Today is 2 January 2021 as I write. My intention with this post is to push back against the rising tide of shaming the year 2020. I want to share with you about the hopefulness that comes from transitioning to goals based instead on progress through a journey. While recognizing that I am fortunate to be in a safe place, I want to honor the fact that resentment and anger are personal traps.
Several posts in Jeg er jo Soldrevet talk about how I’m learning to build and evaluate goals without numbers or finish lines. I made a conscious effort, beginning in early 2019, to challenge my historical approach to hitting numerical targets. Two years later, I am feeling decreased stress in daily and professional activities, stronger senses of accomplishment in my pursuits, and slowly gaining confidence in how to make numerical measures as indicators of progress.
Superscripts following text highlight my sources of inspiration, which I list at the end of the post.
Numerical judgements are easy to find
I enjoy numbers and measures, don’t get me wrong. As a person trained in science and research, I think critically about measurements every day. In today’s world I see that criticality pointed too often at ourselves. Last year’s calendar comes off the wall and new one goes up. Fitness and exercise platforms ask me for “goals” (“pernicious flagellation tools,” I would say). Friends and colleagues make New Year’s resolutions as though we can see the future. My friends, family, and society at large are busy castigating the entirety of 2020 while expecting a mystical 2021.
Coming into 2021 was simple. It took less than a second.1 In fact, in only an infinitesimal fraction of a second it stopped being “2020” and started being “2021.” Moving through the year 2020 was a journey indeed, and one that was foreign and terrifying for many of us. This year, if I choose to sit here in my chair and wait for the world to improve around me, will be the same as the last. Breaking that cycle starts with recognizing that the cycle itself doesn’t even exist.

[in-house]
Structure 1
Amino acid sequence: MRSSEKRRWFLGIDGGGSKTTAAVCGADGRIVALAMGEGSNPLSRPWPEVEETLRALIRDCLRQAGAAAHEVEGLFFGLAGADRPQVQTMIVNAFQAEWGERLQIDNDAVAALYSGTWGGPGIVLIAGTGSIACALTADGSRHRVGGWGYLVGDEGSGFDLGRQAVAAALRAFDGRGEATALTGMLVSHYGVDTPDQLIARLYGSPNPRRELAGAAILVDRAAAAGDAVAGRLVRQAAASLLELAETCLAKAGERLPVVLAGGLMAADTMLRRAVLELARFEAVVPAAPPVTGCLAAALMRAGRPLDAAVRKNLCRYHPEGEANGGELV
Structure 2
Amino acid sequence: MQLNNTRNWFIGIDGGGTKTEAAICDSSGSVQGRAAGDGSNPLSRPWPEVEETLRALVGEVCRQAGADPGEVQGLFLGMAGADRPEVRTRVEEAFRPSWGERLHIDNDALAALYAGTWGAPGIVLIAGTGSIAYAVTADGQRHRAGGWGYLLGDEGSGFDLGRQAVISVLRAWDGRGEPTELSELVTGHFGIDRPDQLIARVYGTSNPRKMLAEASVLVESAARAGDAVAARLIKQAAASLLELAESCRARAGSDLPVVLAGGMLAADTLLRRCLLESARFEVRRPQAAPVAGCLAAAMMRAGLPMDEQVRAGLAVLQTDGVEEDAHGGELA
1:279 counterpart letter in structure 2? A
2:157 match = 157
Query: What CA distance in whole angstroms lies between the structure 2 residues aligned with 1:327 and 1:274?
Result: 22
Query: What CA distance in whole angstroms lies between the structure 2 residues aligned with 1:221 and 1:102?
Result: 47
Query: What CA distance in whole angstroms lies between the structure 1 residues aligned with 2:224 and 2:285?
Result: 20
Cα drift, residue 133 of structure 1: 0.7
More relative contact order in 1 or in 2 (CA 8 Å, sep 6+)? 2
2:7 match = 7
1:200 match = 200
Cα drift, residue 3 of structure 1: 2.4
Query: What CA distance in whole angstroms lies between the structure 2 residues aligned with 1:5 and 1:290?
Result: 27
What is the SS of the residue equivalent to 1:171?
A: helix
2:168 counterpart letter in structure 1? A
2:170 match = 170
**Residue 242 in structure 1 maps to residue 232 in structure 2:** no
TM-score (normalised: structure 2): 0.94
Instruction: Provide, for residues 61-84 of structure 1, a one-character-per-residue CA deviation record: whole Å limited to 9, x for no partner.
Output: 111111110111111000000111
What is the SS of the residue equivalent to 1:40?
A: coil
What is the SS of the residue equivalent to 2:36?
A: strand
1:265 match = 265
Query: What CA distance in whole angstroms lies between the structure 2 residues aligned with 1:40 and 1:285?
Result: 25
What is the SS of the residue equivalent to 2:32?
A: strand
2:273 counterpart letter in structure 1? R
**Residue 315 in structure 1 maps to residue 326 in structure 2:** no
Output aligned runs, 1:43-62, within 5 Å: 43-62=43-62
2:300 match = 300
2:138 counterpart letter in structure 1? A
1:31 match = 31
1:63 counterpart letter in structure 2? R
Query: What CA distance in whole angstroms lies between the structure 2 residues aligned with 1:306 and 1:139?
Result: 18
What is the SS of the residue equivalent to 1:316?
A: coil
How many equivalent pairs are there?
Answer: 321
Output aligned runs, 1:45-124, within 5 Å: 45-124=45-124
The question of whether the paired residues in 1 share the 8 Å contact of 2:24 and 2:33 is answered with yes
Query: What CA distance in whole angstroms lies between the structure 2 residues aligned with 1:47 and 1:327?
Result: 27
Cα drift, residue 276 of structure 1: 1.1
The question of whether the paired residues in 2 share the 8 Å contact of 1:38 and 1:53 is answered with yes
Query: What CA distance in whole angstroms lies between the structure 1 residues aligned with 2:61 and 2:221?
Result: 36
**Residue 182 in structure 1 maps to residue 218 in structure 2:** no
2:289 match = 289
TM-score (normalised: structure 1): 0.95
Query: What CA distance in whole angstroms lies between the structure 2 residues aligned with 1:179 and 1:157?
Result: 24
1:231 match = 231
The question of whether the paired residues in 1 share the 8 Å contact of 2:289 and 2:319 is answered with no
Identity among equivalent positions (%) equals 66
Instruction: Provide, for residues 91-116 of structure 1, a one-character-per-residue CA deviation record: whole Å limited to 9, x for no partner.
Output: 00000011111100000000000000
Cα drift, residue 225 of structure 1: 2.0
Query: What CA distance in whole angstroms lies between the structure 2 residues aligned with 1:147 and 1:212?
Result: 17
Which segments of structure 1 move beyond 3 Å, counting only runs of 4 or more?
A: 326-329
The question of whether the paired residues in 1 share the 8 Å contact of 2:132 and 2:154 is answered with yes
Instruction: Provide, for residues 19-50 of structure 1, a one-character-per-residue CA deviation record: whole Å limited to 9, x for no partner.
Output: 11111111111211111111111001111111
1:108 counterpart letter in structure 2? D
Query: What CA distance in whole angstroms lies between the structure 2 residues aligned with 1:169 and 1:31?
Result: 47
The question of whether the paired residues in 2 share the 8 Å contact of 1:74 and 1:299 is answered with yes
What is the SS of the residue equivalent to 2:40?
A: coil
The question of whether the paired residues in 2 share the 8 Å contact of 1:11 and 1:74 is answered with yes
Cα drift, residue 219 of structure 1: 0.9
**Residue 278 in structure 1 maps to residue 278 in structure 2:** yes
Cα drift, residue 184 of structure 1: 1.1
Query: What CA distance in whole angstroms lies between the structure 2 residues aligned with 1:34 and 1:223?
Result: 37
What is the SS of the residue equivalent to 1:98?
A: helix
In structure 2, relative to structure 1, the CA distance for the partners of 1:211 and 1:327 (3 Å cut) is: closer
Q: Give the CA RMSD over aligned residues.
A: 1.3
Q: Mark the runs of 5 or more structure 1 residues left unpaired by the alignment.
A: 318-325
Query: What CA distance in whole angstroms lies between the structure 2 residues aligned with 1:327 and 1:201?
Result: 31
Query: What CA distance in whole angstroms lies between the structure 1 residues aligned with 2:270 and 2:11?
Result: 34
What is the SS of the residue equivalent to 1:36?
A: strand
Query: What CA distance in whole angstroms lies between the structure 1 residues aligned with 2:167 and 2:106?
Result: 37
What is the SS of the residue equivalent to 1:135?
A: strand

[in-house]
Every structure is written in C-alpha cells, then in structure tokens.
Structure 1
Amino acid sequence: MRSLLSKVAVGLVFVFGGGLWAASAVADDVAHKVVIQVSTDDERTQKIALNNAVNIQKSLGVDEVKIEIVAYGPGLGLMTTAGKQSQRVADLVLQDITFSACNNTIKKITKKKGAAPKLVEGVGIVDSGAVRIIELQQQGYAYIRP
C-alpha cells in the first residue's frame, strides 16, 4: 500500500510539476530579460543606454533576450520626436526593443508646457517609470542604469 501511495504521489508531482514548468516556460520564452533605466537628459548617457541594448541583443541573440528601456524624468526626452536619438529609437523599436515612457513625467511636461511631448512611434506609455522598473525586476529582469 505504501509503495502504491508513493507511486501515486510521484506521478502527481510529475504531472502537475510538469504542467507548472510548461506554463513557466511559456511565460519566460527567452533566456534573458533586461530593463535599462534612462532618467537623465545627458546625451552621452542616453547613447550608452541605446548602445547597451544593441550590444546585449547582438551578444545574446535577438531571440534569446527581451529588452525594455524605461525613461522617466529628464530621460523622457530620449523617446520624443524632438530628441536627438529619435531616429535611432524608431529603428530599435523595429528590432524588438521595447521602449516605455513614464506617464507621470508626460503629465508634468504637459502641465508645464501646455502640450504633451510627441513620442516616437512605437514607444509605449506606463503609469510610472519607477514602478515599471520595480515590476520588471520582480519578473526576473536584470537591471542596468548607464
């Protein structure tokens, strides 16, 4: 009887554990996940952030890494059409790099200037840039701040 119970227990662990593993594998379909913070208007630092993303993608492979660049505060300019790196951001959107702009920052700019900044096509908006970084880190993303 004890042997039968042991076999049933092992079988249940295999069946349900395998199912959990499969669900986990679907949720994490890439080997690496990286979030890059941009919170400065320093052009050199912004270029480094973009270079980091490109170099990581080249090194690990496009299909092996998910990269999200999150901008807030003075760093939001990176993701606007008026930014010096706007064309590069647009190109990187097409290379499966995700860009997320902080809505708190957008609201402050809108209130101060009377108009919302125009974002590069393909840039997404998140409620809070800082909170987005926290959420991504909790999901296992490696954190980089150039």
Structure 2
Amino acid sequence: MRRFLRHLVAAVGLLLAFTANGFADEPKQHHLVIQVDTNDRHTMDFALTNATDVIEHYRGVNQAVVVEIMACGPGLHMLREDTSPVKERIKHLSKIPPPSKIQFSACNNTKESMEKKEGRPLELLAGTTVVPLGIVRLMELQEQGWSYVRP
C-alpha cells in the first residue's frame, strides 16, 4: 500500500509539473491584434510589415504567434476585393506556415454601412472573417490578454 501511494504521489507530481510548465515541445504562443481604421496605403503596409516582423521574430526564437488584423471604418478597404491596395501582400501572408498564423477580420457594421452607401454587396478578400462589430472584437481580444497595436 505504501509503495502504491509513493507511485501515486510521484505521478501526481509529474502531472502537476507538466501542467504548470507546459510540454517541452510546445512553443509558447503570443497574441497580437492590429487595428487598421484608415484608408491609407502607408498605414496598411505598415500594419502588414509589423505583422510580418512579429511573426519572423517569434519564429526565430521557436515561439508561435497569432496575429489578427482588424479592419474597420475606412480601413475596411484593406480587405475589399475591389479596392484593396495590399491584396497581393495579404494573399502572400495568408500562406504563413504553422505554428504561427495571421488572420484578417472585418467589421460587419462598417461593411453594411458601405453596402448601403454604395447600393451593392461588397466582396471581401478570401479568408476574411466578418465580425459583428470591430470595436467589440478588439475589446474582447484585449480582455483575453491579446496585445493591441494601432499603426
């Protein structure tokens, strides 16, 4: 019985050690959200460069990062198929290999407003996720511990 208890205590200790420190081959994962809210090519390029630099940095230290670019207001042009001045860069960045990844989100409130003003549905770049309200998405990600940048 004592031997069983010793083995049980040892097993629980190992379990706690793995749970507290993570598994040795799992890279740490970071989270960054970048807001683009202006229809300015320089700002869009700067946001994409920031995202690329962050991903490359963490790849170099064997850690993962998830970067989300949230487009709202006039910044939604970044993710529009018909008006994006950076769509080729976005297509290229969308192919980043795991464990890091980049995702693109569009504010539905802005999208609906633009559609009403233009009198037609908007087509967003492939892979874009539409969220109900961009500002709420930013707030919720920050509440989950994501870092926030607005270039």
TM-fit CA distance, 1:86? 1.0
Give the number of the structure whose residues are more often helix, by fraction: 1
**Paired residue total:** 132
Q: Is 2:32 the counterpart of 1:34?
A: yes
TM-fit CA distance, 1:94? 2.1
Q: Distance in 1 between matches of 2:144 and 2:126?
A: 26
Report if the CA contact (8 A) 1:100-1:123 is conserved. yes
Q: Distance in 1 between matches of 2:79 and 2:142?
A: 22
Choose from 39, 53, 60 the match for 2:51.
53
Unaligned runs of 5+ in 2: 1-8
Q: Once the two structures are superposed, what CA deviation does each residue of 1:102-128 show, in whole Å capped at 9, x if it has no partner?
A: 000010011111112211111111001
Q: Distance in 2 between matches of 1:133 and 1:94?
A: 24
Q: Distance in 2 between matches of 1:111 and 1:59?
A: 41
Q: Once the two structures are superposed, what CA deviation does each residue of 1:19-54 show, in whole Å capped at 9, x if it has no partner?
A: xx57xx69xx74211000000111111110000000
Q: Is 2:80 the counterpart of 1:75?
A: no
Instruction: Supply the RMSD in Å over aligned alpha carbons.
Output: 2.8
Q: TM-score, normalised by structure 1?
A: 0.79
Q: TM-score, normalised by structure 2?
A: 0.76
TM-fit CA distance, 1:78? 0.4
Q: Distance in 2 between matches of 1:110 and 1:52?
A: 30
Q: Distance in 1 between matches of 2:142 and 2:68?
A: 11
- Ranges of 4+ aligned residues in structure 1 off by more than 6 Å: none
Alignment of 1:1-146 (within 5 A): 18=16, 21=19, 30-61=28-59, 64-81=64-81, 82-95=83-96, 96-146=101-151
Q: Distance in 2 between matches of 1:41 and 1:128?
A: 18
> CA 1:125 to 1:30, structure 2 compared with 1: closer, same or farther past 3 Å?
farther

‘Hope is not a lottery ticket you sit on the couch and hold; it’s an axe to just break down doors in an emergency.’ And if you make a conversation fit for action, then what you’re getting to in the end is hope.Diego Arguedas Ortiz on Our Warm Regards Podcast, quoting Rebecca Solnit in Hope in the Dark2
Where was I on 2 January 2020? I see from the calendar that it was a Thursday, so I was probably taking the day off as part of whole week off. The exactness of the day is irrelevant, and that is my problem with calendars anyway. What I do remember was that I was coming into the last stretch of my permanent job, which I had chosen to walk away and step into emptiness. We had no idea of the maelstrom (malstrøm in Norwegian) that was coming to change all of our lives. Let’s pretend I had made a collection of numbers goals in January 2020 and we were evaluating my so-called progress now in January 2021. If we see I achieved none of them, would you think less of me? I doubt it.
What didn’t happen in 2020
- I applied for a pile of jobs, then stopped after getting nowhere
- I set a target on Strava of running 1 hour per day, but didn’t make it
- Marie and I abandoned our year of exploring the deep corners of Norway
- I wrote zero research papers, gave zero presentations, and now feel easily stalled
Struggling with numbers
Regular readers of Jeg er jo Soldrevet know that I spend a lot of my time outdoors and on the move. Strava, which has become my default activity logger, builds deep traps for goal building. Even as I was restructuring life away from numbers, I found it hard to avoid the weekly and monthly number targets. I tried setting some “goals” as Strava calls them, yet asking myself to view them as measures. It didn’t work. I found myself measuring me against my friends and not reflecting on myself.